James River Water Levels

Westham Gauge
Gauge Height: 10.00'
Flow: 28500 cfps

Trail Conditions: Richmond


Todays Tides: Richmond Locks

High Tide: 1:30am
Low Tide: 8:30am

Twitter Feed @RichmondOutside

Instagram Feed @RichmondOutside

  • Prince Humperdinck isnt the only one who can track this
  • Maggie and Walker are back! Richmonds most famous osprey pair
  • Have you checked out the new RichmondOutside podcast? riversideoutfittersrva owner
  • Really great day working with tons of volunteers clearing Evergreen
  • Cool newish sign at the north entrance to the Belle
  • New hardware atop Belle Isle will at least make it
  • Ralph White minced no words when it came to jrps
  • Friend of the program rvatrees gets ready to climb a
  • Saw evidence of the growing controversy surrounding laruspark on a
  • The pawpaws are in along buttermilktrail They should ripen in
  • If you dont follow jamesriverpark you should The incomparable sandysdad
  • Wish I could have gotten closer to this fella to
  • Riding the wissahickon in philly is a blast every time
  • The richmondoutside road trip arrived on the potomacriver in time
Posted In: Features

Dorey Park more than just picnic worthy

Leonard Adkins

April 11, 2012 2:23pm

I don’t know about you, but what comes to mind when I think of a city or county park is a few acres, several picnic tables, a kids’ playground, and maybe couple of odious pit toilets. At least that’s what I thought until a couple of weeks ago.

Laurie and I had just finished running an errand in southeastern Henrico County, an area we rarely go to, when we saw a directional sign for Dorey Park. Not knowing what to expect, but having yet to do our daily walk, we decided to check it out. It was a nice Sunday afternoon and, as we drove in, the crowds of people covering the large expanse of soccer fields conformed to my preconceived notions. Yet, as we drove further in, we passed by baseball and softball fields, a rehabilitated barn/recreation center, horse ring, and tennis courts to park beside scenic Dorey Lake.

The five-acre lake is part of the state’s Urban Fishing Program and more than a dozen anglers were trying their luck from the shoreline and the handicapped-accessible fishing pier. Several love-struck couples were strolling hand-in-hand, stopping every so often to gaze into each other’s eyes or watch the resident ducks go about their daily lives.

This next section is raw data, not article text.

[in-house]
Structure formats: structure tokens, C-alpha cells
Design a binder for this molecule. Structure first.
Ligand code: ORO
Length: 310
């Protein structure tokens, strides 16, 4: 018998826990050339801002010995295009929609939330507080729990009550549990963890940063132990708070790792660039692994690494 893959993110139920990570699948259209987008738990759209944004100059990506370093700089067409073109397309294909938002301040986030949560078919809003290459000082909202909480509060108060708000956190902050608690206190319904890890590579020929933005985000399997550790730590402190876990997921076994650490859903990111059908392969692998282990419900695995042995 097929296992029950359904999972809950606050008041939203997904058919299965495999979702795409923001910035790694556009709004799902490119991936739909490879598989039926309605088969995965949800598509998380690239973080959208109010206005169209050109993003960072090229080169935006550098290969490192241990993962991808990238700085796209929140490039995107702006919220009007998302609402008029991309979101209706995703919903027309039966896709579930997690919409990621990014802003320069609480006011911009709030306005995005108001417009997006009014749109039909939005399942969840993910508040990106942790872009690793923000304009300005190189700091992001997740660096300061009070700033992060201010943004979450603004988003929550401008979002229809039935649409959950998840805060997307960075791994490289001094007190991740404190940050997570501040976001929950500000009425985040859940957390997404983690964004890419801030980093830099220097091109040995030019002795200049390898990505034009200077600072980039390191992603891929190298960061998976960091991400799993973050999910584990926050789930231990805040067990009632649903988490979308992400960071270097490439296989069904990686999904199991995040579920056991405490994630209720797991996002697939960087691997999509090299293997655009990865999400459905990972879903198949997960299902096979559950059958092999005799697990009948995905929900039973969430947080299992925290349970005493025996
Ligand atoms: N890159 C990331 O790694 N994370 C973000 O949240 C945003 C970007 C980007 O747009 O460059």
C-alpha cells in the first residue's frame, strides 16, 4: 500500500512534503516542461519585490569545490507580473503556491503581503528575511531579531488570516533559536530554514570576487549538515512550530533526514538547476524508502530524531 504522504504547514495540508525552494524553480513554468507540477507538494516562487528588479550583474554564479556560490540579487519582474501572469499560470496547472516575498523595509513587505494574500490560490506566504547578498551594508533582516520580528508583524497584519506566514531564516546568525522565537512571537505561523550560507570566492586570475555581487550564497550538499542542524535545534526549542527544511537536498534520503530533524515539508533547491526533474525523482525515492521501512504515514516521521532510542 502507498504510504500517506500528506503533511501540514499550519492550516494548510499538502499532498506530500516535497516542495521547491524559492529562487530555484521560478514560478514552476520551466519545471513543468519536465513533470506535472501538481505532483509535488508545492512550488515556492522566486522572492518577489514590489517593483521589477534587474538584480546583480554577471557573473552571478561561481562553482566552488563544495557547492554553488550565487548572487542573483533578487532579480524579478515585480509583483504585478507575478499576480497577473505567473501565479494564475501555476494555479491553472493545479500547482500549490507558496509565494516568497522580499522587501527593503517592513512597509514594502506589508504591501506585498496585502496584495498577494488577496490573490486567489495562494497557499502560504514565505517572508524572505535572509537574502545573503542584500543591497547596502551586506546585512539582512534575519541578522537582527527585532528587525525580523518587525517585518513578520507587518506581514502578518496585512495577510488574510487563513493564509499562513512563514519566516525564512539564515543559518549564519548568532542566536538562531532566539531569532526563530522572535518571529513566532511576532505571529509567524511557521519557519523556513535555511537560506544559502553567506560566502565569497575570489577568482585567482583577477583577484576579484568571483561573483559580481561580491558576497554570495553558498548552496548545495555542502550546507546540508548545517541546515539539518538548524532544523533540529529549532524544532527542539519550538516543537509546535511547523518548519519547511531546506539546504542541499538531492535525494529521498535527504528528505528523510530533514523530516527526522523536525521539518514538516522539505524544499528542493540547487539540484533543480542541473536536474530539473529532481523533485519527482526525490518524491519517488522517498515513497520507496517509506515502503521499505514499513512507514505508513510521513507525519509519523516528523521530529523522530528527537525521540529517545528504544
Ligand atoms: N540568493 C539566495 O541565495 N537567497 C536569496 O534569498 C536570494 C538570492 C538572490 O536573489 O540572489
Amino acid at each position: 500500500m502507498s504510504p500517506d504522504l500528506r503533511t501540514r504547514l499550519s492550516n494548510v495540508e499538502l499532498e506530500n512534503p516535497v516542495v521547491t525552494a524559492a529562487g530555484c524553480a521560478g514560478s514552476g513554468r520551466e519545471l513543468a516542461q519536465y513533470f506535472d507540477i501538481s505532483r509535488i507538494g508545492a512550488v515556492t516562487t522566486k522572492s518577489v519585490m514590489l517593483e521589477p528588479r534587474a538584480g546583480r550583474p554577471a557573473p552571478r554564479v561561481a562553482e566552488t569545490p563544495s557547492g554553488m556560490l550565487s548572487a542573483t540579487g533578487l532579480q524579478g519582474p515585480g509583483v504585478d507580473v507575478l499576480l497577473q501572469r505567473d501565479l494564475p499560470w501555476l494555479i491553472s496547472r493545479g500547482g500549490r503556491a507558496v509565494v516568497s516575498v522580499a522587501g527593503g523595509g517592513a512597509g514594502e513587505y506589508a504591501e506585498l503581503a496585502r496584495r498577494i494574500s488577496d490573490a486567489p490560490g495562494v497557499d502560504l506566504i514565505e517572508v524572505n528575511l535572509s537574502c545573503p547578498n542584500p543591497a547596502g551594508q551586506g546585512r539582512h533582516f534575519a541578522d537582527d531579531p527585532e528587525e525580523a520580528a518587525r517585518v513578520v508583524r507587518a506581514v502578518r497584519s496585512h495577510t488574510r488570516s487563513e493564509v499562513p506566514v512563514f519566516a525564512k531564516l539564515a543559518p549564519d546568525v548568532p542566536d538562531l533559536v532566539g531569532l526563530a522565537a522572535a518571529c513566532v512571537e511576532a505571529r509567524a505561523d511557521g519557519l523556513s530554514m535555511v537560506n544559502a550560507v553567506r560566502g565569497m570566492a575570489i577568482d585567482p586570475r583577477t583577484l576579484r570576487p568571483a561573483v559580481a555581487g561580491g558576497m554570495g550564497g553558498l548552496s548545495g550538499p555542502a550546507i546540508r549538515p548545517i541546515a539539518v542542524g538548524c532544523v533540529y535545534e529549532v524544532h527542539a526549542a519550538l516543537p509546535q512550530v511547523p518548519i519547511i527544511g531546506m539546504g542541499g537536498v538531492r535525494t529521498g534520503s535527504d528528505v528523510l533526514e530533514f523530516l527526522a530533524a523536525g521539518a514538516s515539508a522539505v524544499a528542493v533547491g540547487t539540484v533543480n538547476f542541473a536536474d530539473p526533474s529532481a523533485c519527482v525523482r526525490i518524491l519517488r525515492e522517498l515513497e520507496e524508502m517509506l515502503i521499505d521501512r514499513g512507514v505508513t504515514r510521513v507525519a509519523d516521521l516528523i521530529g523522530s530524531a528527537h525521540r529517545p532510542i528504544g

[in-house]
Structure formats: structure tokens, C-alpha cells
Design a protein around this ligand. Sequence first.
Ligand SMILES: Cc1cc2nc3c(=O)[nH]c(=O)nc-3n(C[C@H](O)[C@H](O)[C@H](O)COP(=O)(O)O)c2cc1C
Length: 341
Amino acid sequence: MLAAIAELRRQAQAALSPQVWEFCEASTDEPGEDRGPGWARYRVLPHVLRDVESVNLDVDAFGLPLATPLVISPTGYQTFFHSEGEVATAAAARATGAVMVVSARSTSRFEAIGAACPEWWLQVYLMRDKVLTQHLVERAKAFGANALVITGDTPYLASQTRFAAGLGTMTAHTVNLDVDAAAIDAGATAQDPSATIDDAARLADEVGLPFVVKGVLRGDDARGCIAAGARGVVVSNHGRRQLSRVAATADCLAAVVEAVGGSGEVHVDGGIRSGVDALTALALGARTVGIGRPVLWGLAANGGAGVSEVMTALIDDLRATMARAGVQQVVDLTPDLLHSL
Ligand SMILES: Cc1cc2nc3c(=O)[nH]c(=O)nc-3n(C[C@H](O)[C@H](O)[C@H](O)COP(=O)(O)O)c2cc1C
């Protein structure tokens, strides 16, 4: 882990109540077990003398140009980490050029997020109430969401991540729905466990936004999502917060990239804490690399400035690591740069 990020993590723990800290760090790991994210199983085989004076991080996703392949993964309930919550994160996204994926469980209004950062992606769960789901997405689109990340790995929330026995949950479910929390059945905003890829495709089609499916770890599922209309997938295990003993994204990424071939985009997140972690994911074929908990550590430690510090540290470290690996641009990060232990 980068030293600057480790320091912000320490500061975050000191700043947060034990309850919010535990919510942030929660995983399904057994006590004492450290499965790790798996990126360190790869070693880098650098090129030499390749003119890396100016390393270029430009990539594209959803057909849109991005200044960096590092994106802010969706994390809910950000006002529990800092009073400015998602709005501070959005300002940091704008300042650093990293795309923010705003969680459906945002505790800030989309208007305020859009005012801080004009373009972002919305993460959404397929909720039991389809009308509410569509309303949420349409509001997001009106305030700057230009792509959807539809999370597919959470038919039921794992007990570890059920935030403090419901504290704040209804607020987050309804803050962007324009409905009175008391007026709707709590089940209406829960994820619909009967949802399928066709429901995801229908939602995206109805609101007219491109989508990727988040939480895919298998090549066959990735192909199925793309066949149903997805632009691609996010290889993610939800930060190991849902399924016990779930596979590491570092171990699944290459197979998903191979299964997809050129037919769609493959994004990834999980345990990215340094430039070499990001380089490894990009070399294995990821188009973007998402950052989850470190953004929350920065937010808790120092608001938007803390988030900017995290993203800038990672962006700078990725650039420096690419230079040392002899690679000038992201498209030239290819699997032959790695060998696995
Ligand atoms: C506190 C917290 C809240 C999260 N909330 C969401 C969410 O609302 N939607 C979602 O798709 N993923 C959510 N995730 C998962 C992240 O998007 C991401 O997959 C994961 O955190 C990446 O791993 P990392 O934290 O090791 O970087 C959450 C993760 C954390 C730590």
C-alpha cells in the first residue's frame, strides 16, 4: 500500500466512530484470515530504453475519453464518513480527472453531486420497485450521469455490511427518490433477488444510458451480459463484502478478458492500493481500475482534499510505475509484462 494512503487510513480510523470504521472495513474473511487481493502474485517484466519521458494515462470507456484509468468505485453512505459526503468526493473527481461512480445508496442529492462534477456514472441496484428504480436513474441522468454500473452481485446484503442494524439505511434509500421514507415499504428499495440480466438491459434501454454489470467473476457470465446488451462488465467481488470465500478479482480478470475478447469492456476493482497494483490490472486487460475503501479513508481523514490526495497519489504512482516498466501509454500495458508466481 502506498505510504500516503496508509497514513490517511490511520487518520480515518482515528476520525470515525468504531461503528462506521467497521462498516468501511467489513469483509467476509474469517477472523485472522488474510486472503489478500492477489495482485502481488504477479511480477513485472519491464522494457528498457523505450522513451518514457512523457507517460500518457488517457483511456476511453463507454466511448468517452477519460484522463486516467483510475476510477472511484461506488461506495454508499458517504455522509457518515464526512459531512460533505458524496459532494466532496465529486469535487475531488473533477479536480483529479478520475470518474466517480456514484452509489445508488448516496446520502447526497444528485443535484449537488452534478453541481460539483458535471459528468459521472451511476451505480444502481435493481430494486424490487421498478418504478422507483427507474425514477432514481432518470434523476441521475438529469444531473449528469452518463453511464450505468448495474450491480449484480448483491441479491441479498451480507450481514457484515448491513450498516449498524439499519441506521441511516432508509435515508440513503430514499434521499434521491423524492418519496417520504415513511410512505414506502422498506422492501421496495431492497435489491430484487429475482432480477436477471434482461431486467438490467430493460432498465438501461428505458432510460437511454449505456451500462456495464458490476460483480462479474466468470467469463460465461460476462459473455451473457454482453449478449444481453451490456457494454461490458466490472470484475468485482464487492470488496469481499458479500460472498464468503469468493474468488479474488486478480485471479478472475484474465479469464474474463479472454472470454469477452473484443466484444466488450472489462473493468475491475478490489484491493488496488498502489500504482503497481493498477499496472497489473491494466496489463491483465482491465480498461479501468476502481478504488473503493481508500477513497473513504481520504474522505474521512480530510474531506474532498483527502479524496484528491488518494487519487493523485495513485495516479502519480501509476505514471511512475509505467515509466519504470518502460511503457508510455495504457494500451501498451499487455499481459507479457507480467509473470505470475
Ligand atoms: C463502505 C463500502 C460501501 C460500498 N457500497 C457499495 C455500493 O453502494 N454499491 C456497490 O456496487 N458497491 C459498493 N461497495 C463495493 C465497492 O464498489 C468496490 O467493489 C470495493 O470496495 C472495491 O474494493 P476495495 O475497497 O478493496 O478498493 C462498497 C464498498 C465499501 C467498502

Unsure of where to go, we walked to the far side of the lake and that’s when we found the two-mile system of interconnecting pathways. Covered in gravel and resembling more of a service road than a hiking trail, the pathway, nonetheless, enabled us to leave the crowds behind and to enter the woods and pass turnoffs to a disc golf course and a mountain biking route.

Have you ever wondered what red maple, pignut hickory, sweet gum, or white oak look like? These trees, and others, are labeled, permitting you to make close-up observations of the texture of their barks, shapes of leaves, kind of seeds or flowers, and other identifiable characteristics. One of the labeled trees, holly, is very shade tolerant and is often found flourishing, as it is here, under the canopy of an older and taller forest. Unlike many other trees, hollies are either male or female—thus, they must be in proximity to each other for the female to bear fruit. The berries, which turn bright red in the fall, are a favorite winter food for birds and deer. Wild turkeys are sometimes seen feeding high up in the trees as well as on berries that have fallen to the ground.

Just before coming to the ball fields, the trail system circles back to the lake. As we walked along the shoreline, Laurie and I commented that, like Cheswick Park on the other end of Henrico County that I wrote about a few weeks ago, it’s a good thing that governments were willing to put forth expenditures several decades ago so that today’s urban residents can still make a quick escape into the woods. 

Getting there: Take I-64 Exit 195, drive 3.5 miles on South Laburnum Ave, turn left onto Darbytown Road and continue 1.3 miles to the park.

About Leonard Adkins

Leonard M. Adkins has hiked more than 19,000 miles exploring the backcountry areas of the United States, Canada, Europe, New Zealand, and the Caribbean, including his five traverses of the full length of the Appalachian Trail. He is the author of more than 17 books on the outdoors, nature, and travel; his latest is "Hiking and Traveling the Blue Ridge Parkway: The Only Guide You Will Ever Need, Including Detailed Maps, GPS, and More." Paraphrasing a famous American humorist, Leonard once said, “I never met a trail I didn’t like.” Find more about him at www.habitualhiker.com.